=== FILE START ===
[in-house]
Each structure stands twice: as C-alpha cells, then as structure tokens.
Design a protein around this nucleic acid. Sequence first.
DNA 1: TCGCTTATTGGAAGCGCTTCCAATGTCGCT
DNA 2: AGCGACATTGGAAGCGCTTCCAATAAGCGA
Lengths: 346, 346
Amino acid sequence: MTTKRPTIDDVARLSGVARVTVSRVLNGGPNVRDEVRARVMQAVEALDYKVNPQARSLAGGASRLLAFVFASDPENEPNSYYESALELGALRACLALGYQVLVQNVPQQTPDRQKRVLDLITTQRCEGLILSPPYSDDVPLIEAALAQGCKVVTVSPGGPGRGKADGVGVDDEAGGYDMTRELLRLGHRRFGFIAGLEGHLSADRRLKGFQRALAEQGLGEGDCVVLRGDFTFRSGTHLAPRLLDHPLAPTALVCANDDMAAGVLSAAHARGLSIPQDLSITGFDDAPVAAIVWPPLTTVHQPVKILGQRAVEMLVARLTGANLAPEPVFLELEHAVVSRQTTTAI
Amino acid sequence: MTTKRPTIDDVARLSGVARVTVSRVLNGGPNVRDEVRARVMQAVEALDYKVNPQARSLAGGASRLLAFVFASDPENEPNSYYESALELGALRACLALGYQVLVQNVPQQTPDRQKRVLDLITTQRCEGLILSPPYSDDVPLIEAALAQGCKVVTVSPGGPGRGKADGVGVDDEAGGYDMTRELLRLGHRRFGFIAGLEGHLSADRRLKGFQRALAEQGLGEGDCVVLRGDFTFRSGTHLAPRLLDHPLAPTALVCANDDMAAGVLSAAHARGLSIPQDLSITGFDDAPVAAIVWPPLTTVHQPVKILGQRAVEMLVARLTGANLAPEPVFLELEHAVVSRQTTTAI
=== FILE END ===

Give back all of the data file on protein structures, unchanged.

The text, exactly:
[in-house]
Each structure stands twice: as C-alpha cells, then as structure tokens.
Design a protein around this nucleic acid. Sequence first.
DNA 1: TCGCTTATTGGAAGCGCTTCCAATGTCGCT
DNA 2: AGCGACATTGGAAGCGCTTCCAATAAGCGA
Lengths: 346, 346
Amino acid sequence: MTTKRPTIDDVARLSGVARVTVSRVLNGGPNVRDEVRARVMQAVEALDYKVNPQARSLAGGASRLLAFVFASDPENEPNSYYESALELGALRACLALGYQVLVQNVPQQTPDRQKRVLDLITTQRCEGLILSPPYSDDVPLIEAALAQGCKVVTVSPGGPGRGKADGVGVDDEAGGYDMTRELLRLGHRRFGFIAGLEGHLSADRRLKGFQRALAEQGLGEGDCVVLRGDFTFRSGTHLAPRLLDHPLAPTALVCANDDMAAGVLSAAHARGLSIPQDLSITGFDDAPVAAIVWPPLTTVHQPVKILGQRAVEMLVARLTGANLAPEPVFLELEHAVVSRQTTTAI
Amino acid sequence: MTTKRPTIDDVARLSGVARVTVSRVLNGGPNVRDEVRARVMQAVEALDYKVNPQARSLAGGASRLLAFVFASDPENEPNSYYESALELGALRACLALGYQVLVQNVPQQTPDRQKRVLDLITTQRCEGLILSPPYSDDVPLIEAALAQGCKVVTVSPGGPGRGKADGVGVDDEAGGYDMTRELLRLGHRRFGFIAGLEGHLSADRRLKGFQRALAEQGLGEGDCVVLRGDFTFRSGTHLAPRLLDHPLAPTALVCANDDMAAGVLSAAHARGLSIPQDLSITGFDDAPVAAIVWPPLTTVHQPVKILGQRAVEMLVARLTGANLAPEPVFLELEHAVVSRQTTTAI